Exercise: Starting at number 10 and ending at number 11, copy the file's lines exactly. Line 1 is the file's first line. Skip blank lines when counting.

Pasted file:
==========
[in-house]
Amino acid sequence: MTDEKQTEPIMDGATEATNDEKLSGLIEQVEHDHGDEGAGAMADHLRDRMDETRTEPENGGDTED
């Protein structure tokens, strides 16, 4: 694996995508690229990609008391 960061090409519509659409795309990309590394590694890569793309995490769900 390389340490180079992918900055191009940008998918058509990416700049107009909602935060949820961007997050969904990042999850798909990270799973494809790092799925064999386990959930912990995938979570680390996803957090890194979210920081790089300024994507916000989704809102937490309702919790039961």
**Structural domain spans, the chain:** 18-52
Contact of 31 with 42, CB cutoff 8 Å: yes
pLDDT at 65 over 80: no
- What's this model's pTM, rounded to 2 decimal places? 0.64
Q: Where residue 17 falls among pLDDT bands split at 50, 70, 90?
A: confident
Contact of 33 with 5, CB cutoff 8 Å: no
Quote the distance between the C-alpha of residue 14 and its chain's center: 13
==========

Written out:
Contact of 33 with 5, CB cutoff 8 Å: no
Quote the distance between the C-alpha of residue 14 and its chain's center: 13